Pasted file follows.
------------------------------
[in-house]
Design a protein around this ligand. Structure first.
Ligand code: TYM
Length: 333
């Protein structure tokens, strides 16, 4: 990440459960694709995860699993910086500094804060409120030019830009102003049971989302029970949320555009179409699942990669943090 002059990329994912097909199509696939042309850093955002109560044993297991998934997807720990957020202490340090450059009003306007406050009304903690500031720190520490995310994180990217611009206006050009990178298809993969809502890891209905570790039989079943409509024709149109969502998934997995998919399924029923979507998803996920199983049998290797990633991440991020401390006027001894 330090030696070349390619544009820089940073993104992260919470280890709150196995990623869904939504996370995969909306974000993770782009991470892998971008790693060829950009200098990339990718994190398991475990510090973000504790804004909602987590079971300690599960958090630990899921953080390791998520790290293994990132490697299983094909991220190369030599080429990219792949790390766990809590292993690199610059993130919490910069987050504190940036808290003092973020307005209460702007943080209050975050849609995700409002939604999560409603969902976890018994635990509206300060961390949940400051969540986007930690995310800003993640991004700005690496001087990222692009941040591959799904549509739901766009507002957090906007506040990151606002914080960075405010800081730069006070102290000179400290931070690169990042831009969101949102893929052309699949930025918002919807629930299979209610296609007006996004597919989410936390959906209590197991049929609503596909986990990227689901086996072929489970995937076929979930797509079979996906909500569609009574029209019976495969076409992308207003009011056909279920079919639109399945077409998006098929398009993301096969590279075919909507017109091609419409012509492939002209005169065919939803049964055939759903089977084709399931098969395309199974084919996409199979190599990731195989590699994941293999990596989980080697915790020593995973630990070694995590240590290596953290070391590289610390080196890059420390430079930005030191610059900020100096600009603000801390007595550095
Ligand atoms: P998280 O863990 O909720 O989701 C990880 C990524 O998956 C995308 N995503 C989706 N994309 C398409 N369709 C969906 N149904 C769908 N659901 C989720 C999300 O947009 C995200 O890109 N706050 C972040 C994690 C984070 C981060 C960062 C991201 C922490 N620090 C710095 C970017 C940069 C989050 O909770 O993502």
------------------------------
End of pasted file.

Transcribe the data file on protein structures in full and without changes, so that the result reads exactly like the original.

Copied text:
[in-house]
Design a protein around this ligand. Structure first.
Ligand code: TYM
Length: 333
């Protein structure tokens, strides 16, 4: 990440459960694709995860699993910086500094804060409120030019830009102003049971989302029970949320555009179409699942990669943090 002059990329994912097909199509696939042309850093955002109560044993297991998934997807720990957020202490340090450059009003306007406050009304903690500031720190520490995310994180990217611009206006050009990178298809993969809502890891209905570790039989079943409509024709149109969502998934997995998919399924029923979507998803996920199983049998290797990633991440991020401390006027001894 330090030696070349390619544009820089940073993104992260919470280890709150196995990623869904939504996370995969909306974000993770782009991470892998971008790693060829950009200098990339990718994190398991475990510090973000504790804004909602987590079971300690599960958090630990899921953080390791998520790290293994990132490697299983094909991220190369030599080429990219792949790390766990809590292993690199610059993130919490910069987050504190940036808290003092973020307005209460702007943080209050975050849609995700409002939604999560409603969902976890018994635990509206300060961390949940400051969540986007930690995310800003993640991004700005690496001087990222692009941040591959799904549509739901766009507002957090906007506040990151606002914080960075405010800081730069006070102290000179400290931070690169990042831009969101949102893929052309699949930025918002919807629930299979209610296609007006996004597919989410936390959906209590197991049929609503596909986990990227689901086996072929489970995937076929979930797509079979996906909500569609009574029209019976495969076409992308207003009011056909279920079919639109399945077409998006098929398009993301096969590279075919909507017109091609419409012509492939002209005169065919939803049964055939759903089977084709399931098969395309199974084919996409199979190599990731195989590699994941293999990596989980080697915790020593995973630990070694995590240590290596953290070391590289610390080196890059420390430079930005030191610059900020100096600009603000801390007595550095
Ligand atoms: P998280 O863990 O909720 O989701 C990880 C990524 O998956 C995308 N995503 C989706 N994309 C398409 N369709 C969906 N149904 C769908 N659901 C989720 C999300 O947009 C995200 O890109 N706050 C972040 C994690 C984070 C981060 C960062 C991201 C922490 N620090 C710095 C970017 C940069 C989050 O909770 O993502």